God doesn’t require any belief!  

I am convinced God only wishes for all to consider the possibility of a loving God who desires to help you in your journey of becoming the person deep down you want to become. Loving, human parents don’t require certain beliefs from their children before hoping they will consider if they love them. Are we better lovers than God? 

You certainly don’t have to believe in magical trees and talking snakes.

No one was there with Adam or Eve to know literally what took place. Genesis isn’t necessarily a scientific explanation about Creation but about a relationship with the Creator. Flood stories appeared in ancient literature before Genesis. The global flood story could describe a regional flood in hyperbolic terms to convey moral, spiritual food for thought. God doesn’t require literal belief in any event in the Bible or else! Now if God physically appears raising your friend from the dead, you may want to consider!

You don’t have to believe Jesus resurrected from the dead.

I know the above statement is extremely offensive to many, but I care more about those who want to believe in a God but struggle with certain requirements as opposed to those who are already convinced a loving God is real. Jesus told followers He was coming back from the dead and they didn’t believe Him. And they supposedly witnessed miracles beforehand to have less doubts such a claim was possible.

I would like to think more of us if we witness a man or woman coming back from the grave after being killed that we would think their message such as claiming to be the son of God would be believed. But, none of us lived during biblical times so we will not have such an opportunity. I happen to believe the historical evidence is credible that Jesus rose from the grave, but God can handle doubts or skepticism.

You don’t have to believe that Jesus was the Son of God.

Many insist that Jesus was both God and man. Some can’t logically wrap their heads around Jesus being both man and God. Exactly how does one do that chromosomally? Isn’t it logically impossible to be God and not God? Some may be willing to accept that Jesus was an extraordinary man who epitomized who God was. Why can’t we begin there as a discussion as to what teachings and actions of Jesus seem to represent what a loving God is like?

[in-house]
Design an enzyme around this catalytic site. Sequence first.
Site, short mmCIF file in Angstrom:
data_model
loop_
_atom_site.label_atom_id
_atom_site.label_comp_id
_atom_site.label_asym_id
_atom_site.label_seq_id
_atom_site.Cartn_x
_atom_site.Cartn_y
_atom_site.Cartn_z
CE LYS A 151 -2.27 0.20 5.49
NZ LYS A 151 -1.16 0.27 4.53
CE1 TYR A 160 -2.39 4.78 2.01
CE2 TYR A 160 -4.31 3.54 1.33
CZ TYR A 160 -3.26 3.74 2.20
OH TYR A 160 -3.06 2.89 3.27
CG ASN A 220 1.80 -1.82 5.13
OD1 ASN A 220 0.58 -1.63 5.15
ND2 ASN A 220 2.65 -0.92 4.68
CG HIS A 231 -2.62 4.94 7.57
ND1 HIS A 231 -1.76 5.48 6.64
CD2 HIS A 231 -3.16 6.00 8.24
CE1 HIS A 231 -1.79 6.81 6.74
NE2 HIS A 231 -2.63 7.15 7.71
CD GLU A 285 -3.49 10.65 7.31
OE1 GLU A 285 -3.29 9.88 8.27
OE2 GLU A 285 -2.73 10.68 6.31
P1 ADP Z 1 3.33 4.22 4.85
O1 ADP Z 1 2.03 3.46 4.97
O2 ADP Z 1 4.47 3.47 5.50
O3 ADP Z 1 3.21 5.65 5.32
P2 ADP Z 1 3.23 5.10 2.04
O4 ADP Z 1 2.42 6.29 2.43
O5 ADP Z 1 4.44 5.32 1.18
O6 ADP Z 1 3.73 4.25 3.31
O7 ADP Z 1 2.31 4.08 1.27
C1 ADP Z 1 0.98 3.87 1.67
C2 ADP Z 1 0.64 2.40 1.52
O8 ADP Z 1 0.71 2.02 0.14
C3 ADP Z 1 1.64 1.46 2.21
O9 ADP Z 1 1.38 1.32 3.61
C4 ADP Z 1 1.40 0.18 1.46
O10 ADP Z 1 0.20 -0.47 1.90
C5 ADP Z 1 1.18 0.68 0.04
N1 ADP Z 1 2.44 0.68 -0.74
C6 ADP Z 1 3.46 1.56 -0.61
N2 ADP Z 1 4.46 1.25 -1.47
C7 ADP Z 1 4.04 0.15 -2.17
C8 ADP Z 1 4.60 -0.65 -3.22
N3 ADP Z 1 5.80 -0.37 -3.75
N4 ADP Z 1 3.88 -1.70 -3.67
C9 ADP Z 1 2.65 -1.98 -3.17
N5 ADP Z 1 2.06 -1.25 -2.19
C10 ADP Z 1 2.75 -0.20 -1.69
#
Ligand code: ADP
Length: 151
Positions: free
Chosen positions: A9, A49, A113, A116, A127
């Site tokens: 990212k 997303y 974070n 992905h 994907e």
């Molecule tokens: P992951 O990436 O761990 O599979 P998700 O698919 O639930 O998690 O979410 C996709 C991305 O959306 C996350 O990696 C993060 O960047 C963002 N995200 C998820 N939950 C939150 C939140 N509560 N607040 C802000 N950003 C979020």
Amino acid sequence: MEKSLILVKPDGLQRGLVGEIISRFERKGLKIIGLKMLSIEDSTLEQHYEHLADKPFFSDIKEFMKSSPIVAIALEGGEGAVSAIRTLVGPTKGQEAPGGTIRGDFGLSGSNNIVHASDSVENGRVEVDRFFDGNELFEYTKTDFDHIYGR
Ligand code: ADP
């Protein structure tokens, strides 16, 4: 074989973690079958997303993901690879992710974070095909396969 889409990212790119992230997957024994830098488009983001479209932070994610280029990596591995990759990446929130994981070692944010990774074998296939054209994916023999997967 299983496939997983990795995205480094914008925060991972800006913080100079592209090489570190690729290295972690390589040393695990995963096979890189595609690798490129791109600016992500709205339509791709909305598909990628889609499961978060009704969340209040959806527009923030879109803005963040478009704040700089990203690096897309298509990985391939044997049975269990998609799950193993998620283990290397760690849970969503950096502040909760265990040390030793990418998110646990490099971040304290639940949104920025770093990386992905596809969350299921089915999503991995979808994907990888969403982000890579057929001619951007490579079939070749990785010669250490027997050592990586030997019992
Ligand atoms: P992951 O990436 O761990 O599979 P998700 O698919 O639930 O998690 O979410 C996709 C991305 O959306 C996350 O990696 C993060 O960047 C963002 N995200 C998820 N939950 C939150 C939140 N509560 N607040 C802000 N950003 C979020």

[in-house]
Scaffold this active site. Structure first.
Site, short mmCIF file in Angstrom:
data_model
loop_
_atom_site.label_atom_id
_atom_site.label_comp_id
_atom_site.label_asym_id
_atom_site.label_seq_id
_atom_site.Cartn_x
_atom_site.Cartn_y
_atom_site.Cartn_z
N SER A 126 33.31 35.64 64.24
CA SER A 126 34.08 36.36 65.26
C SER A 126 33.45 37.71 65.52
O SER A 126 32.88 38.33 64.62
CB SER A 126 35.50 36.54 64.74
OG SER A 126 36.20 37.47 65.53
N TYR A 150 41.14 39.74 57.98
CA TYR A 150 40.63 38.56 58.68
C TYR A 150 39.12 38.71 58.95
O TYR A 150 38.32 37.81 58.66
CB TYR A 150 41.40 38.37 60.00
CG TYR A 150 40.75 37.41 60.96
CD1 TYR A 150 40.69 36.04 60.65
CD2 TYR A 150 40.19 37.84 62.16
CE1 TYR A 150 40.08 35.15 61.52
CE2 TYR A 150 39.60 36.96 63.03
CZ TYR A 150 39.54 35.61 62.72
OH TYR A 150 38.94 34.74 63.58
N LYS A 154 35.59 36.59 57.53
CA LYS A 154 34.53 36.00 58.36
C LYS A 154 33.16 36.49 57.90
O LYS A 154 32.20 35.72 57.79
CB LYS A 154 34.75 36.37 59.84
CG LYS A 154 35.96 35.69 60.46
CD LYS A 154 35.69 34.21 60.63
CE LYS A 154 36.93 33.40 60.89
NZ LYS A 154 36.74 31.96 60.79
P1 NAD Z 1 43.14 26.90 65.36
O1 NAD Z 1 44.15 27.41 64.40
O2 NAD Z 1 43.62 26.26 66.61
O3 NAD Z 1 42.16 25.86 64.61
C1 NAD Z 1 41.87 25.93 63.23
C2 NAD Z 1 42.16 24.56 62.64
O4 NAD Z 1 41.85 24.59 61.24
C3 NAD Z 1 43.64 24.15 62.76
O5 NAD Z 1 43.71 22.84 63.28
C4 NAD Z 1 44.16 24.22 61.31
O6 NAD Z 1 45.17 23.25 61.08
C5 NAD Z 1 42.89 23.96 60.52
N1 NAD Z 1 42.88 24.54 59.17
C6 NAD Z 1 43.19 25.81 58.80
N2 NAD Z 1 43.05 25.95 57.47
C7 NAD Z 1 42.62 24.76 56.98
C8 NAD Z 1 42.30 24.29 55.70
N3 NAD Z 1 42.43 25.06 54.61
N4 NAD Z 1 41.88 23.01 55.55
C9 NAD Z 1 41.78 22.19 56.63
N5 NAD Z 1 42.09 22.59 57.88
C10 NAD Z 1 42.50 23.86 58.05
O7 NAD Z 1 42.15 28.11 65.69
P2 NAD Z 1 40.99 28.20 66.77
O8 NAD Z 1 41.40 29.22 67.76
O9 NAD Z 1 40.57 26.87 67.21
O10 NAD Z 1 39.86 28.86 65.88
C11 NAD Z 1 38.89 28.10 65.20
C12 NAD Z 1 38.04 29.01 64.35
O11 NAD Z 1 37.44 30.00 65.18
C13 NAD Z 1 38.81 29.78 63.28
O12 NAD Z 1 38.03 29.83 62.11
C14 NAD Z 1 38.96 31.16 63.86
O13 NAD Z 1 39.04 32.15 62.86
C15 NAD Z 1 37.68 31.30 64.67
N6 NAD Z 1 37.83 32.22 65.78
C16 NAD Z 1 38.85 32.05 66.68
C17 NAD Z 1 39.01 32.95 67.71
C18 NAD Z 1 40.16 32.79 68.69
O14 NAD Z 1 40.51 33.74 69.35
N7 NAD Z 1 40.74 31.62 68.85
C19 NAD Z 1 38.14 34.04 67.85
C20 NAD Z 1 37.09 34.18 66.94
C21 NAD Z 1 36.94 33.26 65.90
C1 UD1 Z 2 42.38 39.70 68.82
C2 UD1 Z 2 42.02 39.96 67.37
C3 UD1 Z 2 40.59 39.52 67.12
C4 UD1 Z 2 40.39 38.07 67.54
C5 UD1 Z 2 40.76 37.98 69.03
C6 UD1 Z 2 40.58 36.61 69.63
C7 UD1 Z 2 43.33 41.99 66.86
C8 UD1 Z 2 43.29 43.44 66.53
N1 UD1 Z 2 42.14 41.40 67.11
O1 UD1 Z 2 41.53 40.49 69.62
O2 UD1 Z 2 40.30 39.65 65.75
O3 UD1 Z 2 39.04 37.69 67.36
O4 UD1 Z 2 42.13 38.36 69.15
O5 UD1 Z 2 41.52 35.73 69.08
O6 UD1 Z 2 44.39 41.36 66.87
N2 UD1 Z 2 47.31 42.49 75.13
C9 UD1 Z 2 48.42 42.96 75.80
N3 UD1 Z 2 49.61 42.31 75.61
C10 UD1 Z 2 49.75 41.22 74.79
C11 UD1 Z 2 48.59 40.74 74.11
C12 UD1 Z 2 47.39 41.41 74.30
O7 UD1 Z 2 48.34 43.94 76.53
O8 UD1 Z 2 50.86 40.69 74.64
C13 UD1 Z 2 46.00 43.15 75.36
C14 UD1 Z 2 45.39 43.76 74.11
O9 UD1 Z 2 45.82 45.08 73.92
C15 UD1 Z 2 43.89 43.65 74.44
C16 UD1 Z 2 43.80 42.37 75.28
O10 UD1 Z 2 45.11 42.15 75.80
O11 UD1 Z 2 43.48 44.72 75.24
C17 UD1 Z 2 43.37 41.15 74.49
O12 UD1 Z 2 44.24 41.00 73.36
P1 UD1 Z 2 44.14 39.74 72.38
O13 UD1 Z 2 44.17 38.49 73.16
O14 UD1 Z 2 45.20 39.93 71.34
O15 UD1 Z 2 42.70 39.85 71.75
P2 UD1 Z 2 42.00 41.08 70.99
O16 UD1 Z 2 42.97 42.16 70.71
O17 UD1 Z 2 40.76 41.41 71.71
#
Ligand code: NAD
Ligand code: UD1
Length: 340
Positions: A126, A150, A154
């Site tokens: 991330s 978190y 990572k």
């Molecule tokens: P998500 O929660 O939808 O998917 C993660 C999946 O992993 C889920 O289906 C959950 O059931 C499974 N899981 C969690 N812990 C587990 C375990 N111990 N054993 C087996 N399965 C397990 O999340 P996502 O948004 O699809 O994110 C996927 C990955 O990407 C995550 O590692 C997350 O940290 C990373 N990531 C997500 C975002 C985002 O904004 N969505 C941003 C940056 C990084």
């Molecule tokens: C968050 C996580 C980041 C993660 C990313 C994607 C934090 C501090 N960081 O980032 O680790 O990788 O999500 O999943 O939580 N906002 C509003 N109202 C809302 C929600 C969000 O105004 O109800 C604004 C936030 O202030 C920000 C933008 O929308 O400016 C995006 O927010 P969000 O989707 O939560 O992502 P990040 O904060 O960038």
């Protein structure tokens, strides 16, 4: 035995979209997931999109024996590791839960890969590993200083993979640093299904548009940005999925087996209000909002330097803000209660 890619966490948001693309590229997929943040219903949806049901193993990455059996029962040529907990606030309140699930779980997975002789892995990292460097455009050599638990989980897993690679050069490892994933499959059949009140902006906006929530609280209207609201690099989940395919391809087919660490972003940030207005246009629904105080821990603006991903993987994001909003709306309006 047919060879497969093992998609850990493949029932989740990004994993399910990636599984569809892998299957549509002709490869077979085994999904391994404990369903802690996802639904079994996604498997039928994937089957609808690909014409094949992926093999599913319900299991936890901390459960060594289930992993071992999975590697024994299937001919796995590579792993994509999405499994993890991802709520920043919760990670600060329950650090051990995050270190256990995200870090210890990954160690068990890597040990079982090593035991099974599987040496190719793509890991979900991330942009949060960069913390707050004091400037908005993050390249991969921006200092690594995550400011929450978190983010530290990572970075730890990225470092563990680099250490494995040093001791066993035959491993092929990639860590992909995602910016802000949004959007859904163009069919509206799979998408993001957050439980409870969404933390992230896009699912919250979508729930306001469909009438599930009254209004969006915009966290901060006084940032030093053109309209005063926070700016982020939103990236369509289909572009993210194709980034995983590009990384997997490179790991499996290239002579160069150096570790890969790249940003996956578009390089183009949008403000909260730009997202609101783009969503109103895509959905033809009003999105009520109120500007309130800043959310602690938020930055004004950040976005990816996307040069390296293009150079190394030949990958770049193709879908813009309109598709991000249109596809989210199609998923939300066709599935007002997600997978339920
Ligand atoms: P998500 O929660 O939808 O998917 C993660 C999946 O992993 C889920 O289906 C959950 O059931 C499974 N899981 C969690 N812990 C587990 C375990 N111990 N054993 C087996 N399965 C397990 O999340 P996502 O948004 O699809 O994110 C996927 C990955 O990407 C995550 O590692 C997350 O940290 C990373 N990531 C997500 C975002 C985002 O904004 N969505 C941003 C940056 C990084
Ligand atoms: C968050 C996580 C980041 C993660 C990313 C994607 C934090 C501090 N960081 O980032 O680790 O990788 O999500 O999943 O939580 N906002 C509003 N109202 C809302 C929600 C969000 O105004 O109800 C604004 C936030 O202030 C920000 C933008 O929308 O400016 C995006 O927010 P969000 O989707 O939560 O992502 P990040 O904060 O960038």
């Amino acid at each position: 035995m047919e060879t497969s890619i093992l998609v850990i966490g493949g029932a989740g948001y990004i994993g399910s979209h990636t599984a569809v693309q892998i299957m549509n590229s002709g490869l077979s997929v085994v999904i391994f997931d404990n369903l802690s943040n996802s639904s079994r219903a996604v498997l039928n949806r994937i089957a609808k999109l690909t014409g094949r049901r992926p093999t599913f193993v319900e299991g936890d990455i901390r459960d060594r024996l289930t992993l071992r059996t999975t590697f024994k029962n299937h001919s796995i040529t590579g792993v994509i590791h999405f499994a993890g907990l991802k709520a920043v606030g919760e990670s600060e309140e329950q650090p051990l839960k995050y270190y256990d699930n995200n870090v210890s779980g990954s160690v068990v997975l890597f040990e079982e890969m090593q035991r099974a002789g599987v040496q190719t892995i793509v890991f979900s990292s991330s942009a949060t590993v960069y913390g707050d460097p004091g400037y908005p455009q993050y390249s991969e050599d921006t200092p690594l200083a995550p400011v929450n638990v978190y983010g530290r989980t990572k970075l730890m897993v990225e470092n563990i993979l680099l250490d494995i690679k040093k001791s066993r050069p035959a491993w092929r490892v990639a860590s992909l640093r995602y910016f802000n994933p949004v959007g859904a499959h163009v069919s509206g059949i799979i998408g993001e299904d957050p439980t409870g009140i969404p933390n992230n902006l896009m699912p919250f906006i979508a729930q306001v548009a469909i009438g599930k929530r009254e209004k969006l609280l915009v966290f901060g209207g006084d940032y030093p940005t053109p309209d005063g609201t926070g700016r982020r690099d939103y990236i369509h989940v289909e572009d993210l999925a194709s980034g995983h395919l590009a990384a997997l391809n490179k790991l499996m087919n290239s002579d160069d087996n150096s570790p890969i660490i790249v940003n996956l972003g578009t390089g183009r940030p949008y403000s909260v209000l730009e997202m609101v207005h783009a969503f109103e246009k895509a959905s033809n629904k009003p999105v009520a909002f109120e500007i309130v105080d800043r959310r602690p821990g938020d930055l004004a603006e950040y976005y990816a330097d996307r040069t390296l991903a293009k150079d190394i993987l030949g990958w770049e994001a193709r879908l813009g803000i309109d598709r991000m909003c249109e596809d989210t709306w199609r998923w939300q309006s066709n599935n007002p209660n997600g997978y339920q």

Doesn’t God at least require the Law of Love?

I have written before that the only belief God requires is love. I would say that differently now. God doesn’t demand love but only seeks to encourage unselfish love which leads to personal freedom. God know what we know – the road traveled of learning, reflecting, and freely choosing convictions over time is what leads to genuine, lasting love.

Didn’t Jesus require belief for eternal life?

When Jesus was asked directly by a religious expert how to have eternal life, Jesus didn’t talk about escaping torture after death. Please see here that the Bible says nothing about the traditional understanding of Hell. Jesus replied to simply love God and your neighbor (Lk.10:25-37). Jesus’ focus wasn’t on quantity of life after death but about a life worth living here on earth. Jesus’ message wasn’t about requiring certain beliefs but avoiding consequences in life here on earth through destructive choices. This is the message of any loving parent!

What beliefs about God are worth insisting upon to others?  

There is no belief about God you should impose upon others. You could be wrong. God is big enough to prove themselves to those interested. You don’t even have to insist God is loving. A tyrannical God isn’t worth believe in. I surely am not as perfect or loving of a parent as God is, but even I don’t require my children accept any of my beliefs or else. Even I understand controlling through fear than proving my love doesn’t lead to true change and intimacy.


What do you think?